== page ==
Whether it was a weakness or strength, most of the characters on Grey’s Anatomy found themselves overexposed in the latest episode of the medical drama. Jo continues to cope poorly with meeting her birth mother, while the love pentagon of Owen, Amelia, Teddy, Link, and Koracick gets a peek under the hood. Meredith and DeLuca deal with two surprising situations, and Nico and Schmitt have their first really big fight.


Once again, there were a lot of moving parts in the latest episode. The ongoing storyline of Jo trying to come to terms with the truth she learned from her birth mother still weighs heavily over the entire episode because she refuses to discuss it. She claims she needs more time to process things before talking about it, but Jo is more than likely stalling until she makes a decision on whether she runs away again or gets help.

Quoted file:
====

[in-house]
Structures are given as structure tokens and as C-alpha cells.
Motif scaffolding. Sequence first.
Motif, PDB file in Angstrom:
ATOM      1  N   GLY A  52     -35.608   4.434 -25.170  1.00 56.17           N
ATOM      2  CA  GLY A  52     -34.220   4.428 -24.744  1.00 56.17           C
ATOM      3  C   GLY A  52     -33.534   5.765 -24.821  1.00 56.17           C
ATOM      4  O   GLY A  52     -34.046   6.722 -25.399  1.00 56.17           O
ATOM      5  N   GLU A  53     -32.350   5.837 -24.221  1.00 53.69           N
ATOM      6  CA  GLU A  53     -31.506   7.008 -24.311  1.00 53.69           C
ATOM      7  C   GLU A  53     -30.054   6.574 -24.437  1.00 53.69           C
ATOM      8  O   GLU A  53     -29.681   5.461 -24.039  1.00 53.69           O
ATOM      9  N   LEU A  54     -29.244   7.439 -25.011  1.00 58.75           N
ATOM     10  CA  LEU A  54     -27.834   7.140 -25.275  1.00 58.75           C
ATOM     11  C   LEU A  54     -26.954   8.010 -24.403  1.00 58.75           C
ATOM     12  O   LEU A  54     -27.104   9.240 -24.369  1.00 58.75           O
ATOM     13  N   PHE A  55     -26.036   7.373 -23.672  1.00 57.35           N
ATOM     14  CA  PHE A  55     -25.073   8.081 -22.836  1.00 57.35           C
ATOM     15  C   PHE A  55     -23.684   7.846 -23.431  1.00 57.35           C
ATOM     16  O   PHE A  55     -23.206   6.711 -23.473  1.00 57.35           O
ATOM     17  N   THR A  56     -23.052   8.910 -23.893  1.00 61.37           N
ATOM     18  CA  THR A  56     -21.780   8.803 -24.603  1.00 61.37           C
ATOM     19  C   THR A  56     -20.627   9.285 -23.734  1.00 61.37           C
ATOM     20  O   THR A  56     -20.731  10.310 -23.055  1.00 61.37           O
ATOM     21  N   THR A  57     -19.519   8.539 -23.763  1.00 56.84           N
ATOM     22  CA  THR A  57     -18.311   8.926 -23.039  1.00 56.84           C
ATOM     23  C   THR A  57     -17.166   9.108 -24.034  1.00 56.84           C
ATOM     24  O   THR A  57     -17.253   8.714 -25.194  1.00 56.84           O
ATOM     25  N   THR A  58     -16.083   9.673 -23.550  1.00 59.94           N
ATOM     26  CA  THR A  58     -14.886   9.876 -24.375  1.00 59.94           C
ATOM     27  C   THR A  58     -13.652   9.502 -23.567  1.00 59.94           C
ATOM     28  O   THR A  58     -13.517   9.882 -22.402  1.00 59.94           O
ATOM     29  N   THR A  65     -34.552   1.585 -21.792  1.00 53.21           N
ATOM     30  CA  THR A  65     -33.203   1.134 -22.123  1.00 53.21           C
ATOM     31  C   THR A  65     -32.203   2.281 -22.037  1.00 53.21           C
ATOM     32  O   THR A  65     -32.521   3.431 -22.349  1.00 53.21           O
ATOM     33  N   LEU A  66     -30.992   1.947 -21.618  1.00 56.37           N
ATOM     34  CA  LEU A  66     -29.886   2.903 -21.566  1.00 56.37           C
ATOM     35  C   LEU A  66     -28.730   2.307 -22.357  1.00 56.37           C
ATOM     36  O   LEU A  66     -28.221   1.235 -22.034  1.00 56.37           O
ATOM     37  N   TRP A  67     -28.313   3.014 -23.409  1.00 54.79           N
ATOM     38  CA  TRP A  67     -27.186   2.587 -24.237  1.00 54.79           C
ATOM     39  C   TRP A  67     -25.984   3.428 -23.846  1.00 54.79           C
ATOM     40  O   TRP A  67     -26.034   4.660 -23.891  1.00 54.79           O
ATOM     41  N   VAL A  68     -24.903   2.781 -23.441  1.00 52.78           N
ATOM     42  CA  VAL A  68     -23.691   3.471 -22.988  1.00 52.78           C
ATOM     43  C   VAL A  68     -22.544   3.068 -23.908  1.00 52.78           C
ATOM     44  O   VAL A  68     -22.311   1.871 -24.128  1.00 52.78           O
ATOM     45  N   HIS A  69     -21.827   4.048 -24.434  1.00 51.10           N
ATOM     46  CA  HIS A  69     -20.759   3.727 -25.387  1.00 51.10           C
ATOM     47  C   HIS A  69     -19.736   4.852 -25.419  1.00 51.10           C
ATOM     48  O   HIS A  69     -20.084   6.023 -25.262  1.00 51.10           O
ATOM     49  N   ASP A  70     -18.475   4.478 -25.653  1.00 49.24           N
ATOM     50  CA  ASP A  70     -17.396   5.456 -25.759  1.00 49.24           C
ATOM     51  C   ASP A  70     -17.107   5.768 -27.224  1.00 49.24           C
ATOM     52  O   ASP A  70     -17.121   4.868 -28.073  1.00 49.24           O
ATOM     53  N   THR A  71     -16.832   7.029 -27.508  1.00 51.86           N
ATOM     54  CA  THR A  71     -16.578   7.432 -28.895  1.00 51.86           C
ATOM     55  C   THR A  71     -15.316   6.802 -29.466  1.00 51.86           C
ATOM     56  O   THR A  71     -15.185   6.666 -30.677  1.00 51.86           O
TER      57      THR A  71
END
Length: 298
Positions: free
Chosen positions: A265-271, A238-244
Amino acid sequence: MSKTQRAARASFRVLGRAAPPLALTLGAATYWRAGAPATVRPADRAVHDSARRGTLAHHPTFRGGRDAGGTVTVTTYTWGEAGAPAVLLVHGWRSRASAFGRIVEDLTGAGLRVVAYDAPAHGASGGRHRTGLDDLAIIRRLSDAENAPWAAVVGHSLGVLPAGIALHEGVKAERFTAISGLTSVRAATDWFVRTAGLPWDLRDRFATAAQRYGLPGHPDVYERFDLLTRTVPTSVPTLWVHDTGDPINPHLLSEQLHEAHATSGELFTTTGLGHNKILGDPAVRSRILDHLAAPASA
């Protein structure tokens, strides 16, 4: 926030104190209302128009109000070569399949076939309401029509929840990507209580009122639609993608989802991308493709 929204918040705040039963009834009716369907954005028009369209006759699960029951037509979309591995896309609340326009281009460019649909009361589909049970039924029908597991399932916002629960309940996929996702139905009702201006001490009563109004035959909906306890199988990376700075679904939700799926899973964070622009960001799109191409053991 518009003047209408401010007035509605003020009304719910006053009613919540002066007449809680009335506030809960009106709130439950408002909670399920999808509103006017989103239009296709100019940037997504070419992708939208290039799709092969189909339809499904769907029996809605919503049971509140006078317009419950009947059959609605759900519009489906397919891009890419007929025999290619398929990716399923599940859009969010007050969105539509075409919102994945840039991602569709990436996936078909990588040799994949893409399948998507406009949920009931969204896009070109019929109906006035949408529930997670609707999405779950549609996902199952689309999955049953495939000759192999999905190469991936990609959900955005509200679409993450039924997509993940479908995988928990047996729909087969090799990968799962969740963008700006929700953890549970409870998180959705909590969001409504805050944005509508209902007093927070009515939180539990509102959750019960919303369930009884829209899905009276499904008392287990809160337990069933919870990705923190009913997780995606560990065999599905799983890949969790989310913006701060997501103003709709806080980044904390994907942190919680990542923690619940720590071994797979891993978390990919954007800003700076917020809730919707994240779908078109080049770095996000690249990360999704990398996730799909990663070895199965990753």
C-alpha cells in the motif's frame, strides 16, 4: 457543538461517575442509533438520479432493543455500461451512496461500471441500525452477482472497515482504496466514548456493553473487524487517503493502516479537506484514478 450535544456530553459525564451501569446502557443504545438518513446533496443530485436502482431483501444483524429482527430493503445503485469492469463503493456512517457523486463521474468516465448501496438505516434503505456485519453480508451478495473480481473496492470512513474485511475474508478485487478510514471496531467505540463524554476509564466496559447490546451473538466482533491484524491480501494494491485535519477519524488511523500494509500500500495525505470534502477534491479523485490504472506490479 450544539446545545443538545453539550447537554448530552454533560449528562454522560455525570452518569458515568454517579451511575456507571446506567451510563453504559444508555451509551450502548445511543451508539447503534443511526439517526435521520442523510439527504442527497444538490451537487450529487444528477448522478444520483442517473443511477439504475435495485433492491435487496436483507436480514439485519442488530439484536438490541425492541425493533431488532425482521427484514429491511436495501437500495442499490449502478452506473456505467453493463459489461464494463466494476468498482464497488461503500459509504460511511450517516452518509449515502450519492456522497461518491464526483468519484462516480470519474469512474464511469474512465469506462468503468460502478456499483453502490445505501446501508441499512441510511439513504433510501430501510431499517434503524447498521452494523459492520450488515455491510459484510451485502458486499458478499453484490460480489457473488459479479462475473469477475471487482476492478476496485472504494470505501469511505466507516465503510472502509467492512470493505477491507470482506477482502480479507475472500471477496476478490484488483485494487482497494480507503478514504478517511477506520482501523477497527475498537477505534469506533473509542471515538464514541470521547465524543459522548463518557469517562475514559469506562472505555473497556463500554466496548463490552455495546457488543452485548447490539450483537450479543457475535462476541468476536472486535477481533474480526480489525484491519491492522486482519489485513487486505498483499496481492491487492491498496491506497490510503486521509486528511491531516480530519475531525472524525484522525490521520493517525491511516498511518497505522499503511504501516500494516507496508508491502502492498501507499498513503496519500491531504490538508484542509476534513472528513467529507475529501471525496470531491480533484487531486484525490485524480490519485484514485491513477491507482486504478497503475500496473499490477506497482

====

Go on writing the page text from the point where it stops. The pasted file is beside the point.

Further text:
Jo finally decides to live a little and shows up for work after taking at least a week off. She’s clearly not doing any better, considering that she shows up drunk and with a thermos full of alcohol. Jackson tries to get through to Jo by inviting her to help him with his spray-on skin project. Jo tells Jackson that he was right about not digging up the past, but she refuses to tell him anything further than that she made a mistake by seeking out her mother. Jackson tries his hand at giving her the wake-up call she needs by letting her know that he knew she showed up to work drunk and threatens to have her fired if it ever happens again. Jackson does tell Alex off-screen that Jo was drunk at work because Alex is in a real mood when he gets home. The inevitable fight between Jo and Alex occurs, and Alex is worried that he is going to have another situation on his hands. The newlyweds are not in the best place at the end of the episode, and it doesn’t seem like things are going to change anytime soon.